President Rodrigo Duterte on Wednesday underwent a magnetic resonance imaging scan as doctors gave him pain killers for “muscle spasms” and advised him to rest until the weekend, his long-time aide Senator Christopher Go said.
This came after the 74-year-old leader complained of an “unbearable pain” in his spine while he was in Japan for the enthronement rites of Emperor Naruhito, prompting him to return to the country on Tuesday ahead of the schedule.
READ: Rody in pain, cuts short Tokyo trip
Malacañang photos showed the President holding onto a cane while he was in Tokyo for the enthronement rites.
Go and President Duterte’s spokesman Salvador Panelo, however, assured the public that there is nothing to worry about, and that the Chief Executive will meet China’s Vice Premier Hu Chunhua tomorrow.
Go said they were worried at first that the President’s spine might be damaged, but the doctors said it was just muscle spasms.
The President figured in a motorcycle mishap last week
within the Malacañang compound. The Palace attributed his pain to the accident.
READ: Rody’s hip hurting after motorbike crash
Due to his early departure from Japan, Duterte missed the Emperor’s banquet and the prime minister’s banquet. His daughter, Davao City Mayor Sara Duterte, represented him in both events.
Upon his arrival in Manila late Tuesday evening, Duterte visited the wake of former Senate President Aquilino Pimentel Jr. at the Heritage Memorial Park in Taguig.
Political analysts said the Palace should be more transparent about the President’s health and his medical records.
“Keeping people in the dark about actual health condition of the President leads to more speculation, uncertainty, and intrigue. It is best to be honest about the situation,” said Maria Ela Atienza, political science department chairman of the University of the Philippines Diliman.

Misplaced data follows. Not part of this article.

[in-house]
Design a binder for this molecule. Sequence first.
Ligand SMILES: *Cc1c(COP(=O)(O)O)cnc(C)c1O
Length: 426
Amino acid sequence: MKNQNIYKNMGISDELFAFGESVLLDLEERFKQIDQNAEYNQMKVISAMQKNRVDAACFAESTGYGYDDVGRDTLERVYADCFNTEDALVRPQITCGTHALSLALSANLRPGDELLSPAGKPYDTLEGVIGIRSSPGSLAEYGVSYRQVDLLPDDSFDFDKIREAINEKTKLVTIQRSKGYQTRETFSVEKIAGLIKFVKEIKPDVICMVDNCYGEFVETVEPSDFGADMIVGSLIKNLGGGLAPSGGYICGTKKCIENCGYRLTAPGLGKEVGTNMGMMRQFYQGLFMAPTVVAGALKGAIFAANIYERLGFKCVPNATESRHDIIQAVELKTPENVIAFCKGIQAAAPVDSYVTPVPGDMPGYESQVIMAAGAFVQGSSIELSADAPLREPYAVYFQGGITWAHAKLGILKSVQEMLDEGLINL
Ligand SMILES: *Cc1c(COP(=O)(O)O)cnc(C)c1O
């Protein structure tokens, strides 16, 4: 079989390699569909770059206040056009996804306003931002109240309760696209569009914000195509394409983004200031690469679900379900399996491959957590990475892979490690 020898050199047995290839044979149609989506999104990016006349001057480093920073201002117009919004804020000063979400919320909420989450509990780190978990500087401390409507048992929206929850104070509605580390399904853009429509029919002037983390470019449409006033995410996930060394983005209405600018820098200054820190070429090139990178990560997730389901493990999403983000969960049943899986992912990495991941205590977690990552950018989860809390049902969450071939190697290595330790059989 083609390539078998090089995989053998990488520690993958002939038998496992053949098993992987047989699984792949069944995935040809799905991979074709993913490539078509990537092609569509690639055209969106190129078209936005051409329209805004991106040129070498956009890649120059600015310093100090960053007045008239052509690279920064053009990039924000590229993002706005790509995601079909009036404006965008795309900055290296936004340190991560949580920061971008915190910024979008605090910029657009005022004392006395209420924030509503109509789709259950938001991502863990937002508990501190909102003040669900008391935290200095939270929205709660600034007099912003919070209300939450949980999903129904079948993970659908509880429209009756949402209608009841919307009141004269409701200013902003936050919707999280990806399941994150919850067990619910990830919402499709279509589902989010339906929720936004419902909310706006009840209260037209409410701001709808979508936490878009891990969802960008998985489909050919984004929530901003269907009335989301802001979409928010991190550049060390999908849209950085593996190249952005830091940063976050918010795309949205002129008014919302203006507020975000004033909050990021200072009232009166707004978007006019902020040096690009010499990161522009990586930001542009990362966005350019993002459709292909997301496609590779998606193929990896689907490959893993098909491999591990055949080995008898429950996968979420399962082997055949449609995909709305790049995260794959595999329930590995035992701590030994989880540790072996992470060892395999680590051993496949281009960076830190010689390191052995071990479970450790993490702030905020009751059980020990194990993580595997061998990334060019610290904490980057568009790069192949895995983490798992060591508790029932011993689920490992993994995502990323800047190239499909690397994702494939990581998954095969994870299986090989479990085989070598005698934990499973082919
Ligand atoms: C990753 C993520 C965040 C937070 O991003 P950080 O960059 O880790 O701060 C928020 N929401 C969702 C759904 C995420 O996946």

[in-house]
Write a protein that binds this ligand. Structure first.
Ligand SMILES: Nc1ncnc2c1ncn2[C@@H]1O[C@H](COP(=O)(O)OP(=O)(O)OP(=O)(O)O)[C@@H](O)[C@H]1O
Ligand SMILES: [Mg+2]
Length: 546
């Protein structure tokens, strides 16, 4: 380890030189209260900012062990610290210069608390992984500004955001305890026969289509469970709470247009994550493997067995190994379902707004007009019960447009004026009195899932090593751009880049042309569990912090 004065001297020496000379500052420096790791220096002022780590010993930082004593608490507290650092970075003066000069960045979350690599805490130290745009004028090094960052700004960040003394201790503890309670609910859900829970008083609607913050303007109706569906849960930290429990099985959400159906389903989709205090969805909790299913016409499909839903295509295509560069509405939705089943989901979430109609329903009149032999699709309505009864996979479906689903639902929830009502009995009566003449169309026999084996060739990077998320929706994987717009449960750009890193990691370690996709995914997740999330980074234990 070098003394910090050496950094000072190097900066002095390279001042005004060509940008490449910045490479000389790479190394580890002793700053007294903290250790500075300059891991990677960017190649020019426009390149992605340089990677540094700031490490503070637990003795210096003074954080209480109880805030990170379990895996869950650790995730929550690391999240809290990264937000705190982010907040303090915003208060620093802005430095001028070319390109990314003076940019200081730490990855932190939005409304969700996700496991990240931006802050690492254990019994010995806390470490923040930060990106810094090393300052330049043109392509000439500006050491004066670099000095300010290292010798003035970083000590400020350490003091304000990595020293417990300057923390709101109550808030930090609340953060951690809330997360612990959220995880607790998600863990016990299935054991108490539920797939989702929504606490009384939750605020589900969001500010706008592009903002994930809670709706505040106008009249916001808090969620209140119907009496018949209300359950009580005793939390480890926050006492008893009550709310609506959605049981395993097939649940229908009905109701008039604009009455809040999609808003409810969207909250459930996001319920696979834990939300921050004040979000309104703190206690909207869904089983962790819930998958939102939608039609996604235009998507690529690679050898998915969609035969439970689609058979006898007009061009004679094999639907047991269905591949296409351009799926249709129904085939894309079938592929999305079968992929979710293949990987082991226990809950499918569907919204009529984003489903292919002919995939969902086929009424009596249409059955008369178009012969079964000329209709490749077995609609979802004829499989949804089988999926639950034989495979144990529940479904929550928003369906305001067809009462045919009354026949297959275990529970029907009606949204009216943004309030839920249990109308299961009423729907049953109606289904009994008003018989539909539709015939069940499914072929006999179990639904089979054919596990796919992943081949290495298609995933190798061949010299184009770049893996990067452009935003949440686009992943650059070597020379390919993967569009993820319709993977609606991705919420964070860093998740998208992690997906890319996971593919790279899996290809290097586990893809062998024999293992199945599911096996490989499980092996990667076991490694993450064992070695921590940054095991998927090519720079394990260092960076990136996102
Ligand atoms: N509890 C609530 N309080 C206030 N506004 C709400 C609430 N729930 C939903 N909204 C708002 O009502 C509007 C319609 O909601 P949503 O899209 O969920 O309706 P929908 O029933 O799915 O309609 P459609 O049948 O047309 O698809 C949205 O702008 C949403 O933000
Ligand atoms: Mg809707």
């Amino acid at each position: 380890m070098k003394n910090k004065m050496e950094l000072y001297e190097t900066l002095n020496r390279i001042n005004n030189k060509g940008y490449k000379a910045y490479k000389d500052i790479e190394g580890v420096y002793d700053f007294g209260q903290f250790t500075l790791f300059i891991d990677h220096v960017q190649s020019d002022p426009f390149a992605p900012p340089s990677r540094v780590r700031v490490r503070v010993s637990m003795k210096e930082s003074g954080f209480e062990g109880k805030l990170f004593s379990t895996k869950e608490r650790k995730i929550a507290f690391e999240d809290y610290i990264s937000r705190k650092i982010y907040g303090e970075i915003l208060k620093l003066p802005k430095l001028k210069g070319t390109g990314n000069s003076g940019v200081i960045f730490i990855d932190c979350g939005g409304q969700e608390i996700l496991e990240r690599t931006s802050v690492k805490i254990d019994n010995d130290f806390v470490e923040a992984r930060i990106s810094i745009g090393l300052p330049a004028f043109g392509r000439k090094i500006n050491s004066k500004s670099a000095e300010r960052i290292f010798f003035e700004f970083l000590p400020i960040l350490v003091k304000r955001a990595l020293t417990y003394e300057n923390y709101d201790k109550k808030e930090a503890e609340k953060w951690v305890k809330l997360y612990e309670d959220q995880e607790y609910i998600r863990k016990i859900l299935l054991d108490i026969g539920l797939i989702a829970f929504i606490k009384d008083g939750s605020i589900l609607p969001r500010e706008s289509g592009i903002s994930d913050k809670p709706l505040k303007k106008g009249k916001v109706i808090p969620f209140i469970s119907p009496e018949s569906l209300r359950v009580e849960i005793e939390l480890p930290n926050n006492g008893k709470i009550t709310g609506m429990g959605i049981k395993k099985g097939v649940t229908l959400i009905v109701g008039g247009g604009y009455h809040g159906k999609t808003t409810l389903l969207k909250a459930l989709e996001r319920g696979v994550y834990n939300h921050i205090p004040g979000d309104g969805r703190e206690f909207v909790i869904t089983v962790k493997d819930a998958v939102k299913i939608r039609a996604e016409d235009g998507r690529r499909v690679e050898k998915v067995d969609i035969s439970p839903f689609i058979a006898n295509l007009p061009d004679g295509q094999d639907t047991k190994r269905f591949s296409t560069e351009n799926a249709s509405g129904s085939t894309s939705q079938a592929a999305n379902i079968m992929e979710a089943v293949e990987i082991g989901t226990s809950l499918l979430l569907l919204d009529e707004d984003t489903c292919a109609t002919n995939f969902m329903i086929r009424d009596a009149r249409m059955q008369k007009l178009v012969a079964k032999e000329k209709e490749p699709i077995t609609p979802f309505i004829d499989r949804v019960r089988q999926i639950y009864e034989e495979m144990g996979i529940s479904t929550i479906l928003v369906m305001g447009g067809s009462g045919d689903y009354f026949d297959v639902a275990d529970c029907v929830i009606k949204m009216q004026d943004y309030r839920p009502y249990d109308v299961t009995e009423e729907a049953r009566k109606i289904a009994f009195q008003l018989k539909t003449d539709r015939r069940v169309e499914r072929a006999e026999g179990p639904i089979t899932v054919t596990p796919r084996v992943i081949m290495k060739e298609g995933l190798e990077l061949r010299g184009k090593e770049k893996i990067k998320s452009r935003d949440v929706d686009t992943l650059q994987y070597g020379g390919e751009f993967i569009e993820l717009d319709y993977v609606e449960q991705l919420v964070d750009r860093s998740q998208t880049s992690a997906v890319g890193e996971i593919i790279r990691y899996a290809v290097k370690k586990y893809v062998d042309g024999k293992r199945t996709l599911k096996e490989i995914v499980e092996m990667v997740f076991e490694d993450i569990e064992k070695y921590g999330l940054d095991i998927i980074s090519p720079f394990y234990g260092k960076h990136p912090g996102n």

Duterte’s sudden absences in important events will also be interpreted in a negative light, she said.
Michael Yusingco, senior research fellow of the Ateneo School of Government, added: “Being constantly absent from the public eye may cause the people to simply lose faith in his ability to deliver on his promises.”
In August, the President was absent in the National Heroes’ Day celebration that he was supposed to lead at the Libingan ng mga Bayani because he was not feeling well.
Duterte also skipped the change of command of the Armed Forces of the Philippines in September due to fever, the first time that a commander-in-chief missed the changing of guard rites in recent history.
There were also instances when Duterte was absent in the public eye for an entire week.
This month, he revealed he has a rare neuromuscular disease called myasthenia gravis, characterized by weakness in the muscles that control eye and eyelid movement and facial expression.
In his previous speeches, the President said he also suffered from migraines, nausea, spinal injury, Buerger’s disease, and Barrett’s esophagus.
“The President is sick and in severe pain, and it obligates the administration to issue regular updates on the status of his health and well-being,” Yusingco said.
Atienza and Yusingco also said that voters should also consider the age and health of a presidential candidate, aside from his character and platforms.